£ vs. €

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altThe pound seems finally to be struggling up from the floor, rising above $1.60 for the first time since November. It even maanged to rise to €1.15, and speculators are betting it will hit €1.25 by the middle of the summer – providing a welcome boon to the few British travellers who are venturing abroad this year. Time to raise a cheer?

Well, maybe. There are some encouraging statistics – the number of mortgage approvals rose last month, housing rents are strengthening, and some of the more optimistic experts say we're through the worst of this crisis. But most of the pound's consolidation is actually due to the fact that America is in just as big a fix as we are, with a comparable mountain of public debt and a beaten-up financial services sector. And the Eurozone is worse off than everyone thought. It didn't suffer the financial shock that we did because its finance industry is smaller and more conservative. But now that the Brits and Americans are putting off their European holidays and purchases of BMWs and washing machines, the Eurozone is suffering.

Still, the cheapness of British exports is beginning to have a visible effect on our balance of trade, far earlier than most economists thought. The belief was that the low value of the pound would only help us in a year or two, once the world was buying again. So that's lucky. And it's more than luck – it's good judgement, and you have to admit that it's Gordon Brown's good judgement – that we're not in the Eurozone. Then we would be unable to adjust in the wake of an economic shock like the one we've had. As the likes of Italy and Spain now realize.

Tube strikes

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altI have written before about the failure of the Mayor of London to face up to the RMT Union. Now we are seeing the repercussions of that initial weakness with news that the RMT have voted to strike over pay, working conditions and some 3,000 jobs feared to be at risk.

Workers will begin a 48-hour strike at 1859 BST on 9 June. The response from TfL has been swift and non-conciliatory:

The RMT leadership has failed to engage in any meaningful talks on pay, instead submitting a wildly unrealistic claim - demanding a 5% pay rise for fewer hours in the middle of a recession. On jobs, the RMT leadership knows full well we are seeking to end the duplication of back office jobs and that no front line staff will be affected. Our offer guarantees real wage increases for the next five years. Very few Londoners have that level of certainty for the future.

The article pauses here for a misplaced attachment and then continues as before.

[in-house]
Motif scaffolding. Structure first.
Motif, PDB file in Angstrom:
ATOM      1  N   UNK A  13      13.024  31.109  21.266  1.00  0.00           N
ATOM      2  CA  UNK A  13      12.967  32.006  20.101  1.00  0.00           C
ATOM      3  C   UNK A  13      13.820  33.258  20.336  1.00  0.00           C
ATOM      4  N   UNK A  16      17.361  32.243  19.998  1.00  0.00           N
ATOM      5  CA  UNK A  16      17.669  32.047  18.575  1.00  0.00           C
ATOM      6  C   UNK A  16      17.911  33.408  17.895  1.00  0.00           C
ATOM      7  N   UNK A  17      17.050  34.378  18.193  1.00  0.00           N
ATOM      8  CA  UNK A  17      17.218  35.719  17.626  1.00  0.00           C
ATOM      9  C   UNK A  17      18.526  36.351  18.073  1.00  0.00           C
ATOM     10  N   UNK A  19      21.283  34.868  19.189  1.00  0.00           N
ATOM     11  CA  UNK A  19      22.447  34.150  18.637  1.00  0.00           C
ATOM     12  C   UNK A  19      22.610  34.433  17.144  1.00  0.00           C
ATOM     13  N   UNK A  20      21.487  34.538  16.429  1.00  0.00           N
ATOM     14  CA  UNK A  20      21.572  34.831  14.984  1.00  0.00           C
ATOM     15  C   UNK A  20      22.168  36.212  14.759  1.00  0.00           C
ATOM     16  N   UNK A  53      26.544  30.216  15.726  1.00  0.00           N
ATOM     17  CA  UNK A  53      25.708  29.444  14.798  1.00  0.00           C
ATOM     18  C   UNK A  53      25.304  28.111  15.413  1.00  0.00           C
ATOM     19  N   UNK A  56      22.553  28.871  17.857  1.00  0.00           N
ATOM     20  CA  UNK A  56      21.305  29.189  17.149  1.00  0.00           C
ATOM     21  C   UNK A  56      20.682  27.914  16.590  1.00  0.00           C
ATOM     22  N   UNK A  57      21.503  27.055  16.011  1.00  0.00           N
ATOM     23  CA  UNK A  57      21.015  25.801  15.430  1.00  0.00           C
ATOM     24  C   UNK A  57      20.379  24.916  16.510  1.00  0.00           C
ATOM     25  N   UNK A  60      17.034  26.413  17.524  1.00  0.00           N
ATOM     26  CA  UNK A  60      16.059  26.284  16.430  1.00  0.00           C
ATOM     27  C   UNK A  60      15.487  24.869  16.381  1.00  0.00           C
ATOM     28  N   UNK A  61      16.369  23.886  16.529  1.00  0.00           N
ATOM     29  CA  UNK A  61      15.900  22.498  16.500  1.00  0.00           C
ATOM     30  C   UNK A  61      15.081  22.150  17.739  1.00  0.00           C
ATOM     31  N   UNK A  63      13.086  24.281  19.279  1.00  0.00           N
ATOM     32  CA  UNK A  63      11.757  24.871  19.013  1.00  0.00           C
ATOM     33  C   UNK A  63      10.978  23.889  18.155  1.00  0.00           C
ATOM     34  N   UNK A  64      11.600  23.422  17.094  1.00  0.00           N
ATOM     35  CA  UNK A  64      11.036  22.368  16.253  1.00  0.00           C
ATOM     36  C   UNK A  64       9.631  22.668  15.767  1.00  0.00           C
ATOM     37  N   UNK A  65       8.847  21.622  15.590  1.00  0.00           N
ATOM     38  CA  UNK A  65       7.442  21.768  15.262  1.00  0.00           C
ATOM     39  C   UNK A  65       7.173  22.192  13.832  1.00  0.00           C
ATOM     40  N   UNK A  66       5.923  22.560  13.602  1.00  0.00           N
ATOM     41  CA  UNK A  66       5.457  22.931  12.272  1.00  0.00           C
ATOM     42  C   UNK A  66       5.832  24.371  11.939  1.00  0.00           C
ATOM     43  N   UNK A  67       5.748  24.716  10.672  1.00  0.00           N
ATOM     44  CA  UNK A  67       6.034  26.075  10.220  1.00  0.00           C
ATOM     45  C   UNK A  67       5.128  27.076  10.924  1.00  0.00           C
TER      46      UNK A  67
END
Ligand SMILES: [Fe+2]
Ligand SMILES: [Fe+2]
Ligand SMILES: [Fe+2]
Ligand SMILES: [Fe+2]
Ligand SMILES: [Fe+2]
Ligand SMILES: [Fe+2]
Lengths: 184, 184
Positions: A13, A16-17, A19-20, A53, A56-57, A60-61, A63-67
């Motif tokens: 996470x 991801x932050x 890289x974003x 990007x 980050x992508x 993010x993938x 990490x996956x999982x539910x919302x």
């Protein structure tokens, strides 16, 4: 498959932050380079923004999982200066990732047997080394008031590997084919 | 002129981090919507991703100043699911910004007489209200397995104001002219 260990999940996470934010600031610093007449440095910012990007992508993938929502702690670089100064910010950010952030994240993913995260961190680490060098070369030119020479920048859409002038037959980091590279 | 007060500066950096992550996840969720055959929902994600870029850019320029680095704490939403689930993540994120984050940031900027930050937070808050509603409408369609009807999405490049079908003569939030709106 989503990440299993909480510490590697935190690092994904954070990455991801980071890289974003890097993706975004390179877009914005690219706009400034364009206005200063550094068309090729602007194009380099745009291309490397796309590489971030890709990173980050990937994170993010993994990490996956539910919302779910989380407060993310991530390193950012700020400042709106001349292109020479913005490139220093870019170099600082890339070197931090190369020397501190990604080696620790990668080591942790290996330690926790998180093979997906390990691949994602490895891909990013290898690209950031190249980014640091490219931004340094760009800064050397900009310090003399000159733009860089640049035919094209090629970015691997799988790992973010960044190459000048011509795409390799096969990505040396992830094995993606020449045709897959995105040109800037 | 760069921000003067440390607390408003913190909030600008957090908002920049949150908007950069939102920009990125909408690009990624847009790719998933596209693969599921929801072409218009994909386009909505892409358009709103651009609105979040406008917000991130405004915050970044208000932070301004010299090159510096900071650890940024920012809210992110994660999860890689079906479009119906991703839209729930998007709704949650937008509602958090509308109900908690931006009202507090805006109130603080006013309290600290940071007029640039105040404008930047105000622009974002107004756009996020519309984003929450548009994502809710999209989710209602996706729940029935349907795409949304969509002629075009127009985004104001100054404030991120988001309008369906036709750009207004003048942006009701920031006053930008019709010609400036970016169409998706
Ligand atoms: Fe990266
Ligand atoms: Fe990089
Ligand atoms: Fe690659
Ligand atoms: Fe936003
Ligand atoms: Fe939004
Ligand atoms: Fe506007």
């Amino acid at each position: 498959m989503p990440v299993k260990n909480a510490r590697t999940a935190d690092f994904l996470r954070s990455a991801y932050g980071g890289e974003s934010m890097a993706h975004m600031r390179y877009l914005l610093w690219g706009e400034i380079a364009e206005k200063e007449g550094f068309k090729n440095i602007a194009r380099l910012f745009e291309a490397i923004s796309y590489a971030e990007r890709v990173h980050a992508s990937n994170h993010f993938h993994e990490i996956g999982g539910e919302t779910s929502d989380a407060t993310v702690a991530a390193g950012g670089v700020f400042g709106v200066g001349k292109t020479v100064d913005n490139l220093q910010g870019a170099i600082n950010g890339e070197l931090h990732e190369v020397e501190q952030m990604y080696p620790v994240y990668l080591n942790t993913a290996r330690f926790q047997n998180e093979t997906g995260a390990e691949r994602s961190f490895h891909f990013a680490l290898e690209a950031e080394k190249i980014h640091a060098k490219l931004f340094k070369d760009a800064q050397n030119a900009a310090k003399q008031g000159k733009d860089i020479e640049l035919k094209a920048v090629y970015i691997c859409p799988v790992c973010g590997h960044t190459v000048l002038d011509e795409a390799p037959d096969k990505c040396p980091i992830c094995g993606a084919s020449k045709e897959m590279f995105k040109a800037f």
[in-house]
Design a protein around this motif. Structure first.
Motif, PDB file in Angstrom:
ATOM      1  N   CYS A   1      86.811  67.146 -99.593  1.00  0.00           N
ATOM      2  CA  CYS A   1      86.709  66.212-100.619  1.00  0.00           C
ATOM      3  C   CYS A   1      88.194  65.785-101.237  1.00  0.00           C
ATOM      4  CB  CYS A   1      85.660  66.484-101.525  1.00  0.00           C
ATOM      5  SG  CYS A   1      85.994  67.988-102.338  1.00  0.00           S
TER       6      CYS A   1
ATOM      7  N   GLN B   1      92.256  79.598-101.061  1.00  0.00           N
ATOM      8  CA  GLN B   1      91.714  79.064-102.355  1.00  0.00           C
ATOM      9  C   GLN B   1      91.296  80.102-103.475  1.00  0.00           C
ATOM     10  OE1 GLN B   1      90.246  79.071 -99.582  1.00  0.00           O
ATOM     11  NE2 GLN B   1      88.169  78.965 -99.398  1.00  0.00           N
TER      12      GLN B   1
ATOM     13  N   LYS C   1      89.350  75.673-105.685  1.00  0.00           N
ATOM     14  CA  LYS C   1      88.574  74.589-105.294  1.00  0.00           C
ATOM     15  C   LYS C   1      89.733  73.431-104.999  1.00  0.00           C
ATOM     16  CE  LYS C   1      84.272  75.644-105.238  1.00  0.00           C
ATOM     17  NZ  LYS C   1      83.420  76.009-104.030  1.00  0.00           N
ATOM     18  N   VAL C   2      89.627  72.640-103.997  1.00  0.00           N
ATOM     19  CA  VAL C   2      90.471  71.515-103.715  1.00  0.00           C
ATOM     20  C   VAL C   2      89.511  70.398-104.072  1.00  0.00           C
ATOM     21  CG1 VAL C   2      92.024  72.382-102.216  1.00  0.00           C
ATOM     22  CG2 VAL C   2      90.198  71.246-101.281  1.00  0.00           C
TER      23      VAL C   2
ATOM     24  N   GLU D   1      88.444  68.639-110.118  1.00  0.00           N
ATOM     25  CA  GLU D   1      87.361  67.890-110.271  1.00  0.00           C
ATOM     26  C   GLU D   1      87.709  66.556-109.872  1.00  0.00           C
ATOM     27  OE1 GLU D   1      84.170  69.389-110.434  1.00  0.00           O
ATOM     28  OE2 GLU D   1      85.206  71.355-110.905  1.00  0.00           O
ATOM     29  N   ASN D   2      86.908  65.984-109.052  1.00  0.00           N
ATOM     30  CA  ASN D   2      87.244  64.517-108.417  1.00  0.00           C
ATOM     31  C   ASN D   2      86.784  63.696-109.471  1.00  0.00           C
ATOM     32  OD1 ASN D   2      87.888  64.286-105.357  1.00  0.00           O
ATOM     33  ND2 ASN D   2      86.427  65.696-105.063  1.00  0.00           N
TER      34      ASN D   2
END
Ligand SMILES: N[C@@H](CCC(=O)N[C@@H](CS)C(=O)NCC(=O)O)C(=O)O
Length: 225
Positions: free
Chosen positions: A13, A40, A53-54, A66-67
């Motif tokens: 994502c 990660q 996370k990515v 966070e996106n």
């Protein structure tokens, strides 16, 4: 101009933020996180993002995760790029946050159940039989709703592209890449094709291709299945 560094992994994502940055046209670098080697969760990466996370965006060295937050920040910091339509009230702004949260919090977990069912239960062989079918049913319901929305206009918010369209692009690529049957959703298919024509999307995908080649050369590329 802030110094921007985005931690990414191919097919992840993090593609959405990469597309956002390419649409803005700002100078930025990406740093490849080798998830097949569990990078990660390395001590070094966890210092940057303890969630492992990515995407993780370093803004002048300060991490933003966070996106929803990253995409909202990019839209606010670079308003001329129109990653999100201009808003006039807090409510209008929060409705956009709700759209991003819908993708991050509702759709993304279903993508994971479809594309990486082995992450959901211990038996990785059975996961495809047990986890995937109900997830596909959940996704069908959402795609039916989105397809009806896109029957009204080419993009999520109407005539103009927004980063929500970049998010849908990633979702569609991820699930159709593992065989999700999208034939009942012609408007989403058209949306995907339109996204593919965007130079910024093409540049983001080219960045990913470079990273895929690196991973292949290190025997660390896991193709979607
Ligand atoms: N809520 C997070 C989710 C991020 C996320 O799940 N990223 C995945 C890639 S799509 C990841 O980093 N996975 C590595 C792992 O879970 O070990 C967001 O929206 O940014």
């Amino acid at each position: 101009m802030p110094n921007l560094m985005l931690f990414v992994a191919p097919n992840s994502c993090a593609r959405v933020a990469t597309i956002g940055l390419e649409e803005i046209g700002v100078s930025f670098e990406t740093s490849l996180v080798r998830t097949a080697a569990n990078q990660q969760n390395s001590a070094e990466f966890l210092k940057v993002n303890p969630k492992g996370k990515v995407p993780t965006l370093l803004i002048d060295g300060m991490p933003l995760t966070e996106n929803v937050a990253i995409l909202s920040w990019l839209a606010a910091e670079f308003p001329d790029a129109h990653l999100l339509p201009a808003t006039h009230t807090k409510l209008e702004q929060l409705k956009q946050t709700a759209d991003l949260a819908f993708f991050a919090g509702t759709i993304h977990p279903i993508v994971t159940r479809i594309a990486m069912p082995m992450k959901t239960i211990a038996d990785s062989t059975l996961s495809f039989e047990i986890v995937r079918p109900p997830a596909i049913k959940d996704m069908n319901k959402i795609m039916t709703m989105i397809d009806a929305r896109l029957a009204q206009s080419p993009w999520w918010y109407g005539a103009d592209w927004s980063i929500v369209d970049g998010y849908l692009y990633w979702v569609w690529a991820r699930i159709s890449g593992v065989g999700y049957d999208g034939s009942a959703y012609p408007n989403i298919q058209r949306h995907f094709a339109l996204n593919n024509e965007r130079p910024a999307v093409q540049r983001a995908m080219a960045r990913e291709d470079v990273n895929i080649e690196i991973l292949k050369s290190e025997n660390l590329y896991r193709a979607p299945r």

The battle lines are drawn. If the RMT does not back down, nor should the Mayor. One thing is for sure: Londoners would be near-unanimous in their support for confrontation.

In truth, the fight will not be won until the London Underground is privatized. This is certainly easier said than done; it is the case for most industries that once they have been touched by the inefficiencies of government, putting them back on the straight and narrow is a long and often painful road. Nevertheless it is the only way out of the mess we are in and it should not stop Boris doing the right thing. Let it not forgotten that before his makeover, he was a disciple of Thatcherism. If he could just follow his intellectual instincts as opposed to his political ones, there is no reason why he could not be the person to revolutionize London’s ailing underground system.

Blog Review 975

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It's hardly a surprise that unions attempt to use the law to make life easier for their members now, is it?

Is California broke because it doesn't raise enough in taxes? Or because it spends too much money?

Best comment so far on the upcoming elections.

At last! An economic explanation for why modern art sucks.

Although it has to be said, some economists can have some odd thoughts at times.

Zimbabwe's problems: no, not caused by colonialism, drought or anything else except appalling policy.

And finally, did we domesticate cats or did they domesticate us?

A good time to die

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altThe US state of New Hampshire has as its motto, “Live Free or Die." The US taxpayer may soon adopt a similar “Live Tax-free or Die" mantra when a provision in US tax laws causes a massive jump in the federal estate tax rate.

During his first election campaign, George W. Bush railed against the so-called “death tax." Soon after taking office, Bush and a Republican-led Congress introduced sweeping tax reforms, including a programme that would gradually reduce, and ultimately eliminate, the estate tax.